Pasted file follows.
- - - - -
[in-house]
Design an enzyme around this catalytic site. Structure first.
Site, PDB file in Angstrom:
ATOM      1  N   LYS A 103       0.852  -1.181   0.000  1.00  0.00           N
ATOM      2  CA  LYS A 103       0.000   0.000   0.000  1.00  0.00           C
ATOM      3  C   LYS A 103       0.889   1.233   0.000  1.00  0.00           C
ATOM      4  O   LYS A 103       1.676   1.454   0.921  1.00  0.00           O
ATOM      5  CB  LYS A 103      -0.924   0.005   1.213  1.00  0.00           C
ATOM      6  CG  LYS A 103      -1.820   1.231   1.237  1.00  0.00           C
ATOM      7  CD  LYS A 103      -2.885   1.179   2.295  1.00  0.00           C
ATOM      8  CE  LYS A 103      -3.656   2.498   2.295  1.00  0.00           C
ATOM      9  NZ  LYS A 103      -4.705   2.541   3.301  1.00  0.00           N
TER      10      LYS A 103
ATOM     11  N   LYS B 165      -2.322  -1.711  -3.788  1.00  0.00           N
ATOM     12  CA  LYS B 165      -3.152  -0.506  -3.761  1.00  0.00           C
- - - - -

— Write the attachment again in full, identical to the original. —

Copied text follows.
[in-house]
Design an enzyme around this catalytic site. Structure first.
Site, PDB file in Angstrom:
ATOM      1  N   LYS A 103       0.852  -1.181   0.000  1.00  0.00           N
ATOM      2  CA  LYS A 103       0.000   0.000   0.000  1.00  0.00           C
ATOM      3  C   LYS A 103       0.889   1.233   0.000  1.00  0.00           C
ATOM      4  O   LYS A 103       1.676   1.454   0.921  1.00  0.00           O
ATOM      5  CB  LYS A 103      -0.924   0.005   1.213  1.00  0.00           C
ATOM      6  CG  LYS A 103      -1.820   1.231   1.237  1.00  0.00           C
ATOM      7  CD  LYS A 103      -2.885   1.179   2.295  1.00  0.00           C
ATOM      8  CE  LYS A 103      -3.656   2.498   2.295  1.00  0.00           C
ATOM      9  NZ  LYS A 103      -4.705   2.541   3.301  1.00  0.00           N
TER      10      LYS A 103
ATOM     11  N   LYS B 165      -2.322  -1.711  -3.788  1.00  0.00           N
ATOM     12  CA  LYS B 165      -3.152  -0.506  -3.761  1.00  0.00           C